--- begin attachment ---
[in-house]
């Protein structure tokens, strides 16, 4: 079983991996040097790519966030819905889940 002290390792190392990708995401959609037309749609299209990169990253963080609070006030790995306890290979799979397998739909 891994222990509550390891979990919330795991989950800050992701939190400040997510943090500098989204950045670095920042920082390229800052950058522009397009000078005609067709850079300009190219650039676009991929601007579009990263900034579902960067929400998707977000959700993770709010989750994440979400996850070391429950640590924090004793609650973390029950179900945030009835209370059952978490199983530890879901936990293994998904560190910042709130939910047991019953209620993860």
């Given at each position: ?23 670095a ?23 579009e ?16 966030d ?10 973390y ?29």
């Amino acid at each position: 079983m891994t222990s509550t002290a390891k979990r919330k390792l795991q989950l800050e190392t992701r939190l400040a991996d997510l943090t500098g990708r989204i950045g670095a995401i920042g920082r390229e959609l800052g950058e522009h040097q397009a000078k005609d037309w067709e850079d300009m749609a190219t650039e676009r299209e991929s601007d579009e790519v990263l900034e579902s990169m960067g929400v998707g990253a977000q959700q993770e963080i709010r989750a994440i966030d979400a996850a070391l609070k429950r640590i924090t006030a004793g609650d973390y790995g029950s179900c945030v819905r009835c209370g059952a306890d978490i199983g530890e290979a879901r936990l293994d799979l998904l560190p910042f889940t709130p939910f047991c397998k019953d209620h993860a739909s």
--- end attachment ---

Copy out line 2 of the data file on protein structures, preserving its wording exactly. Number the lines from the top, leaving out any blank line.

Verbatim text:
């Protein structure tokens, strides 16, 4: 079983991996040097790519966030819905889940 002290390792190392990708995401959609037309749609299209990169990253963080609070006030790995306890290979799979397998739909 891994222990509550390891979990919330795991989950800050992701939190400040997510943090500098989204950045670095920042920082390229800052950058522009397009000078005609067709850079300009190219650039676009991929601007579009990263900034579902960067929400998707977000959700993770709010989750994440979400996850070391429950640590924090004793609650973390029950179900945030009835209370059952978490199983530890879901936990293994998904560190910042709130939910047991019953209620993860």